If you’re as beloved and celebrated a personality as Kathy Delaney-Smith, you shouldn’t have to do much pretending.
But Harvard women’s basketball’s head coach for 27 years running has a mantra that at once belies and explains her confidence: “Act As If.”
A short documentary of that title, written and directed by Melissa Johnson ’00, played last night at the AMC/Loews Boston Common Theater as part of the Boston International Film Festival. The festival began last Friday and runs through this Sunday, April 26.
The mantra “act as if,” a hallmark of Delaney-Smith’s coaching philosophy dating back to her first days as a head coach, focuses on the importance of carrying oneself with confidence and concealing concern from others.
The coach recounted a story from the start of her coaching career, where she read about various basketball drills in her office and then directed practice, running the newly learned drills as if she had known them for years.
“It’s not Xs and Os, it’s psychology,” Delaney-Smith explained. “I was fooling a lot of people early.”
Johnson’s film tracks Delaney-Smith’s career from her beginnings as the head coach at Westwood (Mass.) High School and her tireless support of Title IX policies, to her success at the helm of Harvard’s program—a program that, under Delaney-Smith’s guidance, has won 11 Ivy titles and garnered the only victory by a 16-seeded team over a top-seeded team in the NCAA tournament.
That win by Harvard’s 1998 squad over top-ranked Stanford—a game that Delaney-Smith admitted was “full of ‘act as if’s’”—featured prominently in Johnson’s film, complete with an ESPN interview in which Delaney-Smith compared the happiness of that day to that of her wedding day.
But it had been a long and varied road until that point. Raised in Newton, Mass. as the fifth of six children in a blue-collar family, Delaney-Smith had considered Harvard another world.
“There’s the perception that Harvard is a geek school, a rich school, an entitled school,” Delaney-Smith said on camera. “When I applied for the job and told my mom, there was silence on the other end.”
As the 6’5 Johnson discussed the idea behind “Act As If,” the crowd didn’t need too much explanation to figure out that she spent her time at Harvard on the hardwood.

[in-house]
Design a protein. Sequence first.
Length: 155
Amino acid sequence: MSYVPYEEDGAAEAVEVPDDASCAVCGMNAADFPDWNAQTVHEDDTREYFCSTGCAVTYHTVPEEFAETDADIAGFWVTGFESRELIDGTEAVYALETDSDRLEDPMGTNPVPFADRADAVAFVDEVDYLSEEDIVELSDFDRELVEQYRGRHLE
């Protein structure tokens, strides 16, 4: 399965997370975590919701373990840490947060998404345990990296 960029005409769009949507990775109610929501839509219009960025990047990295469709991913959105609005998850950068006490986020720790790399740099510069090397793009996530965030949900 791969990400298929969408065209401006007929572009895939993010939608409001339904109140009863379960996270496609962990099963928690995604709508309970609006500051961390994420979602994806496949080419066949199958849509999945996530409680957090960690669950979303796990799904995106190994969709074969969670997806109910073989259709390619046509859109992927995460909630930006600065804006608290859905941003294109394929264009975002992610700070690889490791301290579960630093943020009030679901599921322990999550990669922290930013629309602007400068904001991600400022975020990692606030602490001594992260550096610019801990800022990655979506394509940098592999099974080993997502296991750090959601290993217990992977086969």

But for one weekend last year at Lavietes Pavilion, she traded in her sneakers for a camera, and shadowed Delaney-Smith and her Ivy champion squad.
The film includes personal interviews with seniors Emily Tay and Katie Rollins, sophomore Claire Wheeler, and several former players to highlight their experiences under Delaney-Smith’s tutelage. Many current and recent Harvard players, including outgoing co-captain Niki Finelli and 2008 captains Lindsay Hallion ’08 and Jessica Knox ’08, make cameos in game footage as well.
The film also dealt briefly with Delaney-Smith’s diagnosis with breast cancer, which the coach said forced her to “call on [the ‘act as if’ mentality] the most.”
She recounted a game her team was playing at Cornell, in which she was in the middle of delivering a locker room halftime speech and, as a side effect of her chemotherapy, forgot everything she had been planning to say.
“I had to ‘act as if,’” she remembered on camera, “but really, I was humiliated.”
The film features many anecdotes like these and, perhaps more importantly, assures the audience that hundreds more like it were left on the cutting room floor.
Now that Johnson has tackled the story of her former coach, she turns her attention to a project about Tay and Rollins, and their ambition to continue their basketball careers in Europe after their June graduations.
Tay said that Johnson has already compiled roughly 90 hours of rough footage featuring the two players, and admits that she has come a long way since she first told her coach that she was unwilling to be interviewed in front of the camera.
“I’m very shy and don’t like being in the spotlight—I didn’t want to do it at all,” Tay recalled in a phone conversation. “[Delaney-Smith] just forced me to do it, and after [Johnson] was around for a while I felt a lot more comfortable.”
“I did a lot of work to try to make her feel relaxed,” Johnson added. “She was the toughest.”
While Delaney-Smith was unable to attend last night’s screening—she is recovering from back surgery—her philosophy touched every part of Johnson’s project. The footage of Delaney-Smith’s speeches on the Lavietes Pavilion sideline, coaches and players’ soft-spoken remarks in front of the camera, and the film’s own status as the artist’s fledgling idea all contribute to a short but affecting project.
“If you ‘act as if,’ it becomes a reality,” Delaney-Smith said.
—Staff writer Emily W. Cunningham can be reached at firstname.lastname@example.org.